1. Spores of the Bacillus welchii group of bacteria were found on 100 per cent of the uniforms of Belgian soldiers who had come directly from the trenches, and in the meshes of all the samples examined of the new cloth from which the uniforms were made.
2. In fifteen out of twenty fresh war wounds members of this group of bacteria were found. Of the fifteen patients, only three later developed gas gangrene. Once the spores of Bacillus welchii have been carried into a wound the deep-lying lacerated muscle tissue appears to be the most important factor in the onset of gas gangrene.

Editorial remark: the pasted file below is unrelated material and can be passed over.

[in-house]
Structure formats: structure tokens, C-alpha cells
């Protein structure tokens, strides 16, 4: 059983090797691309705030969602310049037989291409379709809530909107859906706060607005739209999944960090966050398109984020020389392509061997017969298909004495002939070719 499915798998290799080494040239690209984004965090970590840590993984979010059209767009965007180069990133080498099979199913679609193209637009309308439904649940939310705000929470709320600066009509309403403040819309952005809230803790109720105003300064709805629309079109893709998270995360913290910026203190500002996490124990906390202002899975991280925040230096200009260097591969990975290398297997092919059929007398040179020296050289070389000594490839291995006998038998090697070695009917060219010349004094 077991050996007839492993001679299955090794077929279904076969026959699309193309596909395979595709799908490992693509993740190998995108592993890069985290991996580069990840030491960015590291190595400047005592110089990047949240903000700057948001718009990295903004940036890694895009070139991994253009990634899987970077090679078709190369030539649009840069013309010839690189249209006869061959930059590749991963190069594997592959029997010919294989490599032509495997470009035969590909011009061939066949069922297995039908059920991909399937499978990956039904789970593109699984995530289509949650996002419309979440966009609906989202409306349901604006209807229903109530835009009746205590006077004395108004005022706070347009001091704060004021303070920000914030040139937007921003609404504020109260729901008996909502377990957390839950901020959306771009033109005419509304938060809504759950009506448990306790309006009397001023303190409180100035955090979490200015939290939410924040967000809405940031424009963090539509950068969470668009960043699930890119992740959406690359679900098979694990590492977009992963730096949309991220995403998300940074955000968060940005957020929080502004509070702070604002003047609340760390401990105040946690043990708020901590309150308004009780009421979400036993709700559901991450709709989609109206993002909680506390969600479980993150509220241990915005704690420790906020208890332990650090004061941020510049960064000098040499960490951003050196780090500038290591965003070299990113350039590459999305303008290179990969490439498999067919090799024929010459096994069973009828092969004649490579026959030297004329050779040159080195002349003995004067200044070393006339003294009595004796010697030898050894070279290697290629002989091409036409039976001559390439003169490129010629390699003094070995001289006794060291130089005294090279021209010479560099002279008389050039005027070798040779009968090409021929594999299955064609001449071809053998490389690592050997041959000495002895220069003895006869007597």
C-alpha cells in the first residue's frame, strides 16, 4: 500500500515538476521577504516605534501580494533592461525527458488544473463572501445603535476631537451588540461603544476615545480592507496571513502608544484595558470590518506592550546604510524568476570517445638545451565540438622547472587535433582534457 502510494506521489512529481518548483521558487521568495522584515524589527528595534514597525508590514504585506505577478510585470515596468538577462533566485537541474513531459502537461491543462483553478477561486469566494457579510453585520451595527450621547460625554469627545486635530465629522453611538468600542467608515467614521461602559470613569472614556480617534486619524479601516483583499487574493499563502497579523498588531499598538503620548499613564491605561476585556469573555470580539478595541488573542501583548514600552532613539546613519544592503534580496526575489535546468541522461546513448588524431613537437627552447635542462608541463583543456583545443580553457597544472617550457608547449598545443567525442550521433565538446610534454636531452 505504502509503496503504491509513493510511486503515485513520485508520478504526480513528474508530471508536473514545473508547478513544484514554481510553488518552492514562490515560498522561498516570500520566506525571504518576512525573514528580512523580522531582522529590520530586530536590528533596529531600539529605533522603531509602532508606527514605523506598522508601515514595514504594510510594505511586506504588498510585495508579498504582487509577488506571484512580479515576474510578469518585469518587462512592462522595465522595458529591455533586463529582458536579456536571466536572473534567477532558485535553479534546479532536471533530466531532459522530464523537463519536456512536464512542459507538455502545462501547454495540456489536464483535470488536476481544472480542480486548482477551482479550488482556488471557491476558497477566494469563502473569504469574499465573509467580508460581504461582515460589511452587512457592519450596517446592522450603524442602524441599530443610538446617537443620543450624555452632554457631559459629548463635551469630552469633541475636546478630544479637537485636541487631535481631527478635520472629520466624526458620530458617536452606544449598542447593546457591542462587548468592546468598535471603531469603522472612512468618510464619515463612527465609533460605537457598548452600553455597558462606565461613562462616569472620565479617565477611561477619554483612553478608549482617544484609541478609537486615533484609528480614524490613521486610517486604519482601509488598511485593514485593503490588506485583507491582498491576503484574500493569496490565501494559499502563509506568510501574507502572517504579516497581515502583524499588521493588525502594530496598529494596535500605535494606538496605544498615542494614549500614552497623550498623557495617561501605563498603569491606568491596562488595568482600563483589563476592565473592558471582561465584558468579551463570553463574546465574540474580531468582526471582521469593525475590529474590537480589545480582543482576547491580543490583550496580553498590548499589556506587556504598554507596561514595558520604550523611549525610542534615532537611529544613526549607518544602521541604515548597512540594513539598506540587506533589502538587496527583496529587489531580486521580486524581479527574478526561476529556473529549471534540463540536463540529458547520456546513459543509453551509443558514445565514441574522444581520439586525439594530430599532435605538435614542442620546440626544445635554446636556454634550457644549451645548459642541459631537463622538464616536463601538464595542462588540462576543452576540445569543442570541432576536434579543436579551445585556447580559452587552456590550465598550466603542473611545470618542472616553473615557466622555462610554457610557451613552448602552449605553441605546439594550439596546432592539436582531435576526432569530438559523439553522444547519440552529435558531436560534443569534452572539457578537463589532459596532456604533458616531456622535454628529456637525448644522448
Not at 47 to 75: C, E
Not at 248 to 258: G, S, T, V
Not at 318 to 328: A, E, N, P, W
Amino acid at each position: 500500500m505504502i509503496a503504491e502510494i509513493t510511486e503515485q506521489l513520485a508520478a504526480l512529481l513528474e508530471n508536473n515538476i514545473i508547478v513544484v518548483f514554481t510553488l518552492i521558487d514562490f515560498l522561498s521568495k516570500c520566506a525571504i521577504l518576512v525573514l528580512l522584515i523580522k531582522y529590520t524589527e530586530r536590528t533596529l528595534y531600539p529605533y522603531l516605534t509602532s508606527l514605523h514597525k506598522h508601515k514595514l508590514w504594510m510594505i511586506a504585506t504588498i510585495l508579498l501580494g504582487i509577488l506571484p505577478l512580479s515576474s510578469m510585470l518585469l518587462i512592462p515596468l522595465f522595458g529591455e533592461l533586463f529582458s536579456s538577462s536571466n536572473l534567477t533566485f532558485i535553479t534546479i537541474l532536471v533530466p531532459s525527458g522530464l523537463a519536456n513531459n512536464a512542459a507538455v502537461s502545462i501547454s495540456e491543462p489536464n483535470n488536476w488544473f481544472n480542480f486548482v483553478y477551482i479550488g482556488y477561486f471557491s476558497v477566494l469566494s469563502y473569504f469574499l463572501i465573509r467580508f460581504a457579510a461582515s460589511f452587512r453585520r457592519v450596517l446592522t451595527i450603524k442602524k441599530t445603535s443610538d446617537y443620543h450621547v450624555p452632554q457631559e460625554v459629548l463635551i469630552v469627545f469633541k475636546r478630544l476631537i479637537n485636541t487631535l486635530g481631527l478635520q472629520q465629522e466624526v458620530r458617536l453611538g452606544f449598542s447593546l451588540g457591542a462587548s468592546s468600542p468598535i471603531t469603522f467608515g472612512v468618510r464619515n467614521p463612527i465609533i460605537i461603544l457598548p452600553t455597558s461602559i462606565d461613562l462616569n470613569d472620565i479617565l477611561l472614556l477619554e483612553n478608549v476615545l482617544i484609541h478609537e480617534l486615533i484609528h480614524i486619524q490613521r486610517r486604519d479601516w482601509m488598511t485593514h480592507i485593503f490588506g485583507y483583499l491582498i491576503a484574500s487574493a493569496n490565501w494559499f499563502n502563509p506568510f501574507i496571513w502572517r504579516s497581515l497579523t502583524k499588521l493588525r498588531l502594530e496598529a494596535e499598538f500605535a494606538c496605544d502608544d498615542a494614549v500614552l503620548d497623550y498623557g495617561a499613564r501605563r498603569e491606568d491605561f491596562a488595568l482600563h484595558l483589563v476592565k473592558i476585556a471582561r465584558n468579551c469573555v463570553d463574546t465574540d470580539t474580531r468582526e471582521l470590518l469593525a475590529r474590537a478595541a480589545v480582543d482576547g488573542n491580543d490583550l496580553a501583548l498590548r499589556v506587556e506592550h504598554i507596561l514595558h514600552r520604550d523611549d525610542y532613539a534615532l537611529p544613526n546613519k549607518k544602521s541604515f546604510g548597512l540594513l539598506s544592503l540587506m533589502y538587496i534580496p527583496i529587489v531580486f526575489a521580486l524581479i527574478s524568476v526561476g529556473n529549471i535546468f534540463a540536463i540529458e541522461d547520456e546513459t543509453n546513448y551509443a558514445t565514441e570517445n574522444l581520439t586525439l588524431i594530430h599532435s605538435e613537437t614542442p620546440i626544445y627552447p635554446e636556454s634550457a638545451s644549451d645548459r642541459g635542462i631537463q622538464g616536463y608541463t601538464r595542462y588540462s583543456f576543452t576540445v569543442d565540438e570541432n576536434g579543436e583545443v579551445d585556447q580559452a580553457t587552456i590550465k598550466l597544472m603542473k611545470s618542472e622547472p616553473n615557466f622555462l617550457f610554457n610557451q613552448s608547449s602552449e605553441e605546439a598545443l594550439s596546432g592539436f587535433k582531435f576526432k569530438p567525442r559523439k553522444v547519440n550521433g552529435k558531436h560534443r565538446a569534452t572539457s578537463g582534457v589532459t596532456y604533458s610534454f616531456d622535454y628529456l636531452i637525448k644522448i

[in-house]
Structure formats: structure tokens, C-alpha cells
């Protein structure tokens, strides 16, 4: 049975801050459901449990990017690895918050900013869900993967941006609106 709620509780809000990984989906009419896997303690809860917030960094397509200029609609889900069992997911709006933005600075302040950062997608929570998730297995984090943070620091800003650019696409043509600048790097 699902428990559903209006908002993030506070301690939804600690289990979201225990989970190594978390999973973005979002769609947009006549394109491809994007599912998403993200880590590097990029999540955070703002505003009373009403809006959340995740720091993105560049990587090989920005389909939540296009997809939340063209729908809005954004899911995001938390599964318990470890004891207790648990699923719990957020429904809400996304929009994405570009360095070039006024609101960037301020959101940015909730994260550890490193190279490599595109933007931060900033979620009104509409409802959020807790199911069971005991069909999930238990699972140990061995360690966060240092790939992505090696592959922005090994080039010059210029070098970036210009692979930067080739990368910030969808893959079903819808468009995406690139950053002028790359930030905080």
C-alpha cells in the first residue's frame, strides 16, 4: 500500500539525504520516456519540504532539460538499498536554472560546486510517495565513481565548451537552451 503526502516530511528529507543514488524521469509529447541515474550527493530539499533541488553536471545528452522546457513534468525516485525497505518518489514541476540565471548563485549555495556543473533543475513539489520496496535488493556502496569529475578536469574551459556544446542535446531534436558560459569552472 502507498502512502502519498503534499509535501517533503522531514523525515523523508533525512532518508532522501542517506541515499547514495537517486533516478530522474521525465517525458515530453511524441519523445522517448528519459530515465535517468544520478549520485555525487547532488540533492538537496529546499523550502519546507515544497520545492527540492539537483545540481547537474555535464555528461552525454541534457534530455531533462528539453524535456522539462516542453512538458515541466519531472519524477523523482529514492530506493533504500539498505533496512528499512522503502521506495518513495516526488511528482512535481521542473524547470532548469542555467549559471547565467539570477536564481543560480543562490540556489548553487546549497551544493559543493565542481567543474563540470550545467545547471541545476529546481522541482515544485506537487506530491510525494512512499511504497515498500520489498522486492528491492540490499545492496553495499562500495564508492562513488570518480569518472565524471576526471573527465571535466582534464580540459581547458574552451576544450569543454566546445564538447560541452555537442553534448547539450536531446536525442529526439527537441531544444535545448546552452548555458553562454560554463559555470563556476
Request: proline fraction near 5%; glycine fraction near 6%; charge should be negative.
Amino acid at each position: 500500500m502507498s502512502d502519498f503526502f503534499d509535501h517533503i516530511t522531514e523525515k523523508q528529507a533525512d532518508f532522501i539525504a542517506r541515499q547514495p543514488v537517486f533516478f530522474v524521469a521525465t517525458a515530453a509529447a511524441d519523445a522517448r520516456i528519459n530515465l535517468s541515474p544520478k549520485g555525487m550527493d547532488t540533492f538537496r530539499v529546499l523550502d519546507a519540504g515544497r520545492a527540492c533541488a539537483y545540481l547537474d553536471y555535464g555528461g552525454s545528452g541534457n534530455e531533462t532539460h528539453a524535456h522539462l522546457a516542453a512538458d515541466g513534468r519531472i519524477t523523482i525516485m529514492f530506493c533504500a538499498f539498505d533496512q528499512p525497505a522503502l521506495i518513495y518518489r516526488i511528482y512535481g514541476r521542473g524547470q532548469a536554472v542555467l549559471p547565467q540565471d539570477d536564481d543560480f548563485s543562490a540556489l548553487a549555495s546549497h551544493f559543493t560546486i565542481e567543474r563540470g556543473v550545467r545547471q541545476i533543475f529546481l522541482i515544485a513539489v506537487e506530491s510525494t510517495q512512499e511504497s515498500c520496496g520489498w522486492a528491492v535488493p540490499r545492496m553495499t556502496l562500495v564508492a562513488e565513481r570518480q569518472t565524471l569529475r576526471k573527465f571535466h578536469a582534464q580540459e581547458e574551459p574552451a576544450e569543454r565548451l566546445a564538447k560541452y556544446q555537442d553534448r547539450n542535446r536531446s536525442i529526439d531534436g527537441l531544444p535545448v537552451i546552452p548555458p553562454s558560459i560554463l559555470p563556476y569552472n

3. Bacillus welchii is able to grow and produce gas in broth containing up to 40 per cent saccharose. Some strains were able to multiply and produce gas in 50 per cent saccharose broth; but none of those examined were able to grow when the concentration of the sugar reached 60 per cent.
4. The bubbling of pure oxygen through milk or dextrose broth cultures of Bacillus welchii has a definite depressor action on the production of gas. This does not appear to be-due to a reduced number of organisms in the culture.